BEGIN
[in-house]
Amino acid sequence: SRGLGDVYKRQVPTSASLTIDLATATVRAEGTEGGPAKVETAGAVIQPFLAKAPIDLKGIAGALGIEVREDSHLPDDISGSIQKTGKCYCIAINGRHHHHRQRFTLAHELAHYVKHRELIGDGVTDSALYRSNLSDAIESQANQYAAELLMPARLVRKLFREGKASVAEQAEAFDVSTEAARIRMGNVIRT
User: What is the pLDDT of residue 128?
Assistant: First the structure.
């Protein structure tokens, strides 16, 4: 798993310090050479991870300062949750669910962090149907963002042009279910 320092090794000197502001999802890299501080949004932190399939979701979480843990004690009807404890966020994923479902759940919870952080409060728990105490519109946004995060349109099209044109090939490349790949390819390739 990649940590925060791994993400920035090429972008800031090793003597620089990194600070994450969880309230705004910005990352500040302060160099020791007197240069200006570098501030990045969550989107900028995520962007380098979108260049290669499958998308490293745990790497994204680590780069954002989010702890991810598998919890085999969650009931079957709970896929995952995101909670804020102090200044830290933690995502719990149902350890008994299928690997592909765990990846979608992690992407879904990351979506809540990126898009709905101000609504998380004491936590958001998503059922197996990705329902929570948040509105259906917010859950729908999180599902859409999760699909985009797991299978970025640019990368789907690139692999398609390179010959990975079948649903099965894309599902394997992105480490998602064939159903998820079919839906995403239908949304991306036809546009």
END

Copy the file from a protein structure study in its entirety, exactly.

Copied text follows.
[in-house]
Amino acid sequence: SRGLGDVYKRQVPTSASLTIDLATATVRAEGTEGGPAKVETAGAVIQPFLAKAPIDLKGIAGALGIEVREDSHLPDDISGSIQKTGKCYCIAINGRHHHHRQRFTLAHELAHYVKHRELIGDGVTDSALYRSNLSDAIESQANQYAAELLMPARLVRKLFREGKASVAEQAEAFDVSTEAARIRMGNVIRT
User: What is the pLDDT of residue 128?
Assistant: First the structure.
């Protein structure tokens, strides 16, 4: 798993310090050479991870300062949750669910962090149907963002042009279910 320092090794000197502001999802890299501080949004932190399939979701979480843990004690009807404890966020994923479902759940919870952080409060728990105490519109946004995060349109099209044109090939490349790949390819390739 990649940590925060791994993400920035090429972008800031090793003597620089990194600070994450969880309230705004910005990352500040302060160099020791007197240069200006570098501030990045969550989107900028995520962007380098979108260049290669499958998308490293745990790497994204680590780069954002989010702890991810598998919890085999969650009931079957709970896929995952995101909670804020102090200044830290933690995502719990149902350890008994299928690997592909765990990846979608992690992407879904990351979506809540990126898009709905101000609504998380004491936590958001998503059922197996990705329902929570948040509105259906917010859950729908999180599902859409999760699909985009797991299978970025640019990368789907690139692999398609390179010959990975079948649903099965894309599902394997992105480490998602064939159903998820079919839906995403239908949304991306036809546009």